Overseas Indian Affairs Ministry has sought a detailed report from Indian High Commission in United Kingdom about the controversy involving its reported refusal to grant a Person of Indian Origin card to Nobel laureate V S Naipaul.
"We have sought a report from our High Commission in UK about the whole issue," Secretary in the ministry, A Didar Singh told PTI.
The move followed media reports which said the Indian High Commission refused a PIO card to the eminent author as he did not have proper documents, he said.
According to the media report, Naipaul's wife Nadira, three months ago, travelled from Wiltshire to London to ask the Indian High Commission as to how her husband could apply for a PIO card.
As per Nadira, she was told by officials in the mission that her husband should travel to Gorakhpur in Uttar Pradesh to find a tehsildar or magistrate willing to certify that the eminent author is indeed a person of Indian origin, the report said.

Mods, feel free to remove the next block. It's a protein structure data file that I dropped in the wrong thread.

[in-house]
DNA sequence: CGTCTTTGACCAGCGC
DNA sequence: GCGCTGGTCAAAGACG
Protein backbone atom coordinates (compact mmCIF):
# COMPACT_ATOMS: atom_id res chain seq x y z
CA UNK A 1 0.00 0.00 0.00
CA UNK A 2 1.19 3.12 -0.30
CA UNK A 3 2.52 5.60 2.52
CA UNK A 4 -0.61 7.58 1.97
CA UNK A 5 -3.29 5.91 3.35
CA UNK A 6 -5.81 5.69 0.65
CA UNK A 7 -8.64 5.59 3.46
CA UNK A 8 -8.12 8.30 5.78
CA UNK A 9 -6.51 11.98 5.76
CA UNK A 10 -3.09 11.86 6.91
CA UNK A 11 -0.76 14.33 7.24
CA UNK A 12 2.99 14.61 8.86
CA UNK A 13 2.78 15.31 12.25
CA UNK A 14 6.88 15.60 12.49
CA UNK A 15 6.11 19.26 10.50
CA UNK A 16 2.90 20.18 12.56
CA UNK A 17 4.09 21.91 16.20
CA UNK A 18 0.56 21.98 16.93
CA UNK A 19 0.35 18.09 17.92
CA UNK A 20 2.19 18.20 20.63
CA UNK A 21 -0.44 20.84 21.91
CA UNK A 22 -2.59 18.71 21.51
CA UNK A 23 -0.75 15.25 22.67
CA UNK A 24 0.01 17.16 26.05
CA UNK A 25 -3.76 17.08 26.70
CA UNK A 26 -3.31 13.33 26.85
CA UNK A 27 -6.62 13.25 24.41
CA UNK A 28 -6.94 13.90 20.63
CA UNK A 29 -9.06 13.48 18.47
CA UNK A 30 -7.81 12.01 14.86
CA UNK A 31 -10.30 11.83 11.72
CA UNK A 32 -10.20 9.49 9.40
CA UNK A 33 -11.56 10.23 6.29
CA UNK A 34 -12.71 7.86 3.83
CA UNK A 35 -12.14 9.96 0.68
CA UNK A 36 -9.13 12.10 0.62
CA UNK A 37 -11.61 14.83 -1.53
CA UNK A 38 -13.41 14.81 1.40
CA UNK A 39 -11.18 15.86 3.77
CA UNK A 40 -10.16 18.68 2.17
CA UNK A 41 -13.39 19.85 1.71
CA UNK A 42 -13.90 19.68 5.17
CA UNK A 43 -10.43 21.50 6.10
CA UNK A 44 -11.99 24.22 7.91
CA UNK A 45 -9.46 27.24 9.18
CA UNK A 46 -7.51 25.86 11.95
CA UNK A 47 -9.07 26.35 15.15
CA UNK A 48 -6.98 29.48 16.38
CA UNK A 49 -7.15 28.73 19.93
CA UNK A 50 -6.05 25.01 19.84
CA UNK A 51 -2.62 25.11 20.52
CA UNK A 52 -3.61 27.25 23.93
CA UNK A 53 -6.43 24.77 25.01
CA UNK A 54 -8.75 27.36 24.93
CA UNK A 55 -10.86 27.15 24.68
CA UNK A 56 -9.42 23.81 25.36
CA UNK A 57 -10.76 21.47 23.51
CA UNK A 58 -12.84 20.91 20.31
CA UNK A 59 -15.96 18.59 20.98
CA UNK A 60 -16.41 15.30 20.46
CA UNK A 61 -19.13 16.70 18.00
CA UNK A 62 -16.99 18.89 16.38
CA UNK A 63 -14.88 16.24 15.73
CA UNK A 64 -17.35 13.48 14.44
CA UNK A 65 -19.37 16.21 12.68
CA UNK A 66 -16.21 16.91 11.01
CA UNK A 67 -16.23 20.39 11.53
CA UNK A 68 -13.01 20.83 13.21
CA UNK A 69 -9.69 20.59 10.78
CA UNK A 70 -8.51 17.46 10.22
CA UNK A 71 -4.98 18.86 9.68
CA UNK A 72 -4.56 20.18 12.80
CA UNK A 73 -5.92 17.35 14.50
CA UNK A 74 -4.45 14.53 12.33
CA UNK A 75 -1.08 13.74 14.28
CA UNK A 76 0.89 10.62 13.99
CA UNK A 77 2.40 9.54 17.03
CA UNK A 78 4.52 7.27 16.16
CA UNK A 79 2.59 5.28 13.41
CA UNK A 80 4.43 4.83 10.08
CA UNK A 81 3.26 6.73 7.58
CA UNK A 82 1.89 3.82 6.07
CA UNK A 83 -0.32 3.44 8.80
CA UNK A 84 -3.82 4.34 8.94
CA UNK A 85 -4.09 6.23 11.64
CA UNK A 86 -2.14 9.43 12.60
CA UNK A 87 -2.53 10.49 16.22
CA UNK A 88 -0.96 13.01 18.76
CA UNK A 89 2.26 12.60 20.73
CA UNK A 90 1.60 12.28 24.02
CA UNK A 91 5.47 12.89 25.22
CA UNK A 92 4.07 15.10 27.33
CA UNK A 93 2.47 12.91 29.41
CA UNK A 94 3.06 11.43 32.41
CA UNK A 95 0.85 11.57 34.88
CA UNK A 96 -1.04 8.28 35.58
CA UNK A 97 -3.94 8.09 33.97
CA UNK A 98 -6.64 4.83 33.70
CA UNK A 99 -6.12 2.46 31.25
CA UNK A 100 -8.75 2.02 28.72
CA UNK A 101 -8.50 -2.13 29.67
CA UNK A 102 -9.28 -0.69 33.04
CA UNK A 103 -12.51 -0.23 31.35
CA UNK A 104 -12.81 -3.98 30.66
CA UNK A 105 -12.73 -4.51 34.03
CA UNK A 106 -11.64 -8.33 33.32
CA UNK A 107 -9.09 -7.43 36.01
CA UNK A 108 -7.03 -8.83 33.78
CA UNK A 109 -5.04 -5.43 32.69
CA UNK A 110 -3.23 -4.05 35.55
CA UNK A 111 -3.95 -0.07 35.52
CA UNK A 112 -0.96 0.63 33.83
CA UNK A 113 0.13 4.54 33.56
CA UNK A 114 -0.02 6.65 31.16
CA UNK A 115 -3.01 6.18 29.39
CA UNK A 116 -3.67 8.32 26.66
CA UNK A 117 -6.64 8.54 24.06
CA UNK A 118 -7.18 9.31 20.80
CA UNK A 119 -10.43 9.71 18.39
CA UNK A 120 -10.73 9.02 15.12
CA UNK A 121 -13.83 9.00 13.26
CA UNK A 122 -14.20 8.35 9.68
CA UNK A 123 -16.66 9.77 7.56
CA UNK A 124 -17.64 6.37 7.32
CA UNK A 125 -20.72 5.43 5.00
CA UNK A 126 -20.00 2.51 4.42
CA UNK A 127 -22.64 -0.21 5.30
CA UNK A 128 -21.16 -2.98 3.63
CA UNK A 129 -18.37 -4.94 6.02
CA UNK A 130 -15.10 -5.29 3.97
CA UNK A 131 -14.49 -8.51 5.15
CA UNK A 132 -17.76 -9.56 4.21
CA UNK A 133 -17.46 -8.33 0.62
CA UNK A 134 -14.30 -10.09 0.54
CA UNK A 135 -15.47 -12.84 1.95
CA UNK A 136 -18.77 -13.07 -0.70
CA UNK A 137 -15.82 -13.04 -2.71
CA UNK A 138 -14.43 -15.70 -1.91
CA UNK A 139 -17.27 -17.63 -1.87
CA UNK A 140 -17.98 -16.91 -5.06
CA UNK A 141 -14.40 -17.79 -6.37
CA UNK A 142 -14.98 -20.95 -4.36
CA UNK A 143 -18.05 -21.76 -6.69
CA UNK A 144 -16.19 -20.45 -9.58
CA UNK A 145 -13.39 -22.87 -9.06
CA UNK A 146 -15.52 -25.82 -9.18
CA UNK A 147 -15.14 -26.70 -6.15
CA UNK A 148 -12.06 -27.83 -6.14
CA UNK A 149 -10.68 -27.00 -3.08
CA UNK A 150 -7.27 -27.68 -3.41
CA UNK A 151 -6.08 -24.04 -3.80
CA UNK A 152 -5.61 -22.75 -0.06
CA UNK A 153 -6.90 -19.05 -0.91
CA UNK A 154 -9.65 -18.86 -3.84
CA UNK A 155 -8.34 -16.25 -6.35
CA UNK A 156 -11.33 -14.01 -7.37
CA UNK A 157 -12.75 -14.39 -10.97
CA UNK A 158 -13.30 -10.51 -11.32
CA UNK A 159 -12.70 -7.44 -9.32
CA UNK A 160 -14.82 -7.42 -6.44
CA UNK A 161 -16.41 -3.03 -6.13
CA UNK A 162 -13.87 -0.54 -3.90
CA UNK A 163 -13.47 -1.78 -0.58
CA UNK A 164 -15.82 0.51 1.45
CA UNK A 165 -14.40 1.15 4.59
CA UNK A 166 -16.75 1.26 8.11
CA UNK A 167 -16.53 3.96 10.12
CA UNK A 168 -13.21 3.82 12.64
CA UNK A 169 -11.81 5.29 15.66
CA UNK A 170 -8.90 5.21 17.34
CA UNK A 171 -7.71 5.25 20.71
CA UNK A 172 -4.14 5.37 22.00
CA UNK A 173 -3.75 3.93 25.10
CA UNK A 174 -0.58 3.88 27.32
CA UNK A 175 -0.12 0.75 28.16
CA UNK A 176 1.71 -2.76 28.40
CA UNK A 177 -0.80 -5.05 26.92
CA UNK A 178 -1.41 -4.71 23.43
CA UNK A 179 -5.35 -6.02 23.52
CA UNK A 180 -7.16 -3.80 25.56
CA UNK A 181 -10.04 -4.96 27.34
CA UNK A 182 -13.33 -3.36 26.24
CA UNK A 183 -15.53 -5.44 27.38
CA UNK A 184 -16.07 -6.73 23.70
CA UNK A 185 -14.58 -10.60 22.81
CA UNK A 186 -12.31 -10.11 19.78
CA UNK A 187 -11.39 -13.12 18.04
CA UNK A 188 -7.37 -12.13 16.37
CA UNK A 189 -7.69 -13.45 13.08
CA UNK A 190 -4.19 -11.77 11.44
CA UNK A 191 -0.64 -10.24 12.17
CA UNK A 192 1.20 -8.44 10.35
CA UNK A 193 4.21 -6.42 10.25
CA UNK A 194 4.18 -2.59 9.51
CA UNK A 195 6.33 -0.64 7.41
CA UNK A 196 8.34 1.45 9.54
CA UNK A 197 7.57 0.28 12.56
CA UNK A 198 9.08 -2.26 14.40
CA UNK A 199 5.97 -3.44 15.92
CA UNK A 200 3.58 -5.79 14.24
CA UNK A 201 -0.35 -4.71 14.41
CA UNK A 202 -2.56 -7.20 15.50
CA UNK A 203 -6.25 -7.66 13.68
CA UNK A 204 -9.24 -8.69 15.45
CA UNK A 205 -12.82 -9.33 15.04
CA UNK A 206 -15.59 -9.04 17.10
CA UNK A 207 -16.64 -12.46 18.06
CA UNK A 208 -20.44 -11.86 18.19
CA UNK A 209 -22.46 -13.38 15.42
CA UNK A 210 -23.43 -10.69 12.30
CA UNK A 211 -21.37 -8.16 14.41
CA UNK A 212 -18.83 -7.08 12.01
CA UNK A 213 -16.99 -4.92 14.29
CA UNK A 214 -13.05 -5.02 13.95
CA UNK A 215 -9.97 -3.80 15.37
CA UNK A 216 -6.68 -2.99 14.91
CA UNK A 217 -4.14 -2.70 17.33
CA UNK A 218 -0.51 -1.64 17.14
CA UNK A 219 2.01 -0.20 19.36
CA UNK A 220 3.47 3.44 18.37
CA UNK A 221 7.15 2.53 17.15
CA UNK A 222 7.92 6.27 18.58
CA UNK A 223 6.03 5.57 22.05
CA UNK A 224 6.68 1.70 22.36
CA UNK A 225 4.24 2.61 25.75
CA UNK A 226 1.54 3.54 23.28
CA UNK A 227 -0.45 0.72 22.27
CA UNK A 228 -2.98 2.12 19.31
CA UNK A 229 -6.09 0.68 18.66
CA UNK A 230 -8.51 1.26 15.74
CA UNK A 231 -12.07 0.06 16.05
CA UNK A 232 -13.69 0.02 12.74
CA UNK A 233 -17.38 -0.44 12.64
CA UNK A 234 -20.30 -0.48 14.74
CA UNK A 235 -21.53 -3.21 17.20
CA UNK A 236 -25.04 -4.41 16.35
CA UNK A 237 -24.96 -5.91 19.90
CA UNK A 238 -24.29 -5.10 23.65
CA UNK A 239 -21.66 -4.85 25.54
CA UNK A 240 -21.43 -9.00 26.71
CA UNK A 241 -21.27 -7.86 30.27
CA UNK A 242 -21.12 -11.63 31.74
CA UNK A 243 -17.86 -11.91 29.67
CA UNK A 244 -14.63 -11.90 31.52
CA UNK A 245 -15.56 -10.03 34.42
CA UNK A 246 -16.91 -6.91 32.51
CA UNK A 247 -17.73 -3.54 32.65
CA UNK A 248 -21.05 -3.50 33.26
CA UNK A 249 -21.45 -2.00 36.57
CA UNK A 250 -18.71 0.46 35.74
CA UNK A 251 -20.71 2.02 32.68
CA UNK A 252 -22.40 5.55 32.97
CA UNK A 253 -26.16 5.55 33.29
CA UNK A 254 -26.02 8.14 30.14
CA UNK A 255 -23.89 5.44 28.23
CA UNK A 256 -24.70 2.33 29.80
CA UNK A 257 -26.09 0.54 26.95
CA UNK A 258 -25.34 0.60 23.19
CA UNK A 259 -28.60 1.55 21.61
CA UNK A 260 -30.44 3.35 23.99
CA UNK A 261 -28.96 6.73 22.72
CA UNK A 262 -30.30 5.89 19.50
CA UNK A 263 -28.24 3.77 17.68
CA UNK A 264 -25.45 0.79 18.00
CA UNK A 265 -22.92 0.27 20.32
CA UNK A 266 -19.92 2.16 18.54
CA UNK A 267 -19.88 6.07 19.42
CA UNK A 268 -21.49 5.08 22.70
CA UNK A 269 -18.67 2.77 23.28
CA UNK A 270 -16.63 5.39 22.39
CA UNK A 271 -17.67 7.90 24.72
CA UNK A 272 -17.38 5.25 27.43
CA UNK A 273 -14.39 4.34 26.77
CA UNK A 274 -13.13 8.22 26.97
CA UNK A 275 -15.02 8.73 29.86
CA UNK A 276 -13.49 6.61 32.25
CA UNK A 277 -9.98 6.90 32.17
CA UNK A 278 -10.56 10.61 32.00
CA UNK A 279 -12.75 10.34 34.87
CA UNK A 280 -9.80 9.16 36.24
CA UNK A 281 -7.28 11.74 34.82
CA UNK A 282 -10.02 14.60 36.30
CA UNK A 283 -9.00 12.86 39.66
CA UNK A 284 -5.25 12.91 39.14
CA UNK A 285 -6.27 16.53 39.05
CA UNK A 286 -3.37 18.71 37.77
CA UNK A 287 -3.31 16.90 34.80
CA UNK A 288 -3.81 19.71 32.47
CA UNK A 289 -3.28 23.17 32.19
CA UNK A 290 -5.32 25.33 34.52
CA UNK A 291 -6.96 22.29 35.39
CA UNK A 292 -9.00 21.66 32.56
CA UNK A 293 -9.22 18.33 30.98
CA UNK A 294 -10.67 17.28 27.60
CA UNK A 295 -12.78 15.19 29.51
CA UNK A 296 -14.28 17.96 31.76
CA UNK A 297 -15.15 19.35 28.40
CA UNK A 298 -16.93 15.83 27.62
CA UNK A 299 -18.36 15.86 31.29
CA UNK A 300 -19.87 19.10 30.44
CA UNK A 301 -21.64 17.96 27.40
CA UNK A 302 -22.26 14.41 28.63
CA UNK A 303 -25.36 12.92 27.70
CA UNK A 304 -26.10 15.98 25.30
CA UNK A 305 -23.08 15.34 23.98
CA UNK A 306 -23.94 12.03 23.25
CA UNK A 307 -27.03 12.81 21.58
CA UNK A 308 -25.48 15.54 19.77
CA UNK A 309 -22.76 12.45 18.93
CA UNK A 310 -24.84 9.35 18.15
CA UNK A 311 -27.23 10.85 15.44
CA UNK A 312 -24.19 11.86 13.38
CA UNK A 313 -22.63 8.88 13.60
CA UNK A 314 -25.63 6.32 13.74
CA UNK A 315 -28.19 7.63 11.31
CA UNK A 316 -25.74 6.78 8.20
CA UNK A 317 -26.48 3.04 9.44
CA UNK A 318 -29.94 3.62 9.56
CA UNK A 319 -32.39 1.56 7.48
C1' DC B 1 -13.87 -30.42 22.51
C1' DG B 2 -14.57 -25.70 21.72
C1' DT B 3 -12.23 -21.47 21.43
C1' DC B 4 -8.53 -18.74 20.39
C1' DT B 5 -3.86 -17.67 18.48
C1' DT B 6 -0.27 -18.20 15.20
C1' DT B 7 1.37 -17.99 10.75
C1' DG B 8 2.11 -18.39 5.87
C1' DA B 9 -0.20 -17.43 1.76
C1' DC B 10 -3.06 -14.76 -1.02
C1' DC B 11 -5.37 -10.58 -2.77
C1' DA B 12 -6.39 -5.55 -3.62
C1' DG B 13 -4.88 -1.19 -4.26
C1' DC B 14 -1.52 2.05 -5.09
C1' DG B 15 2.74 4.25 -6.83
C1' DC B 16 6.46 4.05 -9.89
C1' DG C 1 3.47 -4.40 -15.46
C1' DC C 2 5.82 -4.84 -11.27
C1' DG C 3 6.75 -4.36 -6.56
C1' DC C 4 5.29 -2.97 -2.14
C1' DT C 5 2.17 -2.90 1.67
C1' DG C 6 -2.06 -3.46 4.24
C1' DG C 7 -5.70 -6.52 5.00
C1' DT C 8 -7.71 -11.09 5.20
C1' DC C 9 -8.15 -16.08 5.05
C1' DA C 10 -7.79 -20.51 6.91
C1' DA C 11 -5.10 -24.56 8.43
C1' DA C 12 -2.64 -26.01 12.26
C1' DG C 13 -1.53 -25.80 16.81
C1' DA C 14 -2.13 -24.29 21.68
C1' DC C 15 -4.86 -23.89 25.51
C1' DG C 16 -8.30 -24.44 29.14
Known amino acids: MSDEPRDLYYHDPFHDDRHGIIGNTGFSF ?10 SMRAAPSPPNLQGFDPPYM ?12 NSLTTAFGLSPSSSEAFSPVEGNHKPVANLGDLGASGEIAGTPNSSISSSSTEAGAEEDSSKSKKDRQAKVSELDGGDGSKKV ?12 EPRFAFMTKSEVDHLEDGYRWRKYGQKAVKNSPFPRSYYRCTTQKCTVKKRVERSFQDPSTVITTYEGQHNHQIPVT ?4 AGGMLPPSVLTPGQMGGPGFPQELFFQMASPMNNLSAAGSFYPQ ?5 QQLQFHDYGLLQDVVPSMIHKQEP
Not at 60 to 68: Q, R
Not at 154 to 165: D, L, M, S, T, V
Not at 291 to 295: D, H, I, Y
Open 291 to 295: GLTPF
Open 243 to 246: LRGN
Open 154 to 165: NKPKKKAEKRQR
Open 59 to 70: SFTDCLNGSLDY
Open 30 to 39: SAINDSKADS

When asked whether government was willing to waive off requirement of essential documents for the author, if he applies for the card, Singh said, "It will have to be examined what kind of documents the renowned author has. We will get to know about all this after getting the report."
Singh said any Indian origin person can get a "nativity certificate" through the mission concerned and one need not to travel to his or her place of origin for getting a certificate. A PIO card holder does not require a separate visa for India and the card is valid for 15 years.
Naipaul's wife also claimed that she was first made to wait in the "pits" of the embassy before being allowed to see an officer to whom she explained what she wanted.
However, rejecting the reports the Indian High Commission on Monday issued a statement saying Naipaul has not approached it for a PIO card
In a brief statement, the mission said, "Lady Nadira Naipaul had visited the High Commission some three months ago and made enquiries about the procedure for application for a PIO card for her husband which were explained to her by the concerned officials of the mission."
Image: V S Naipaul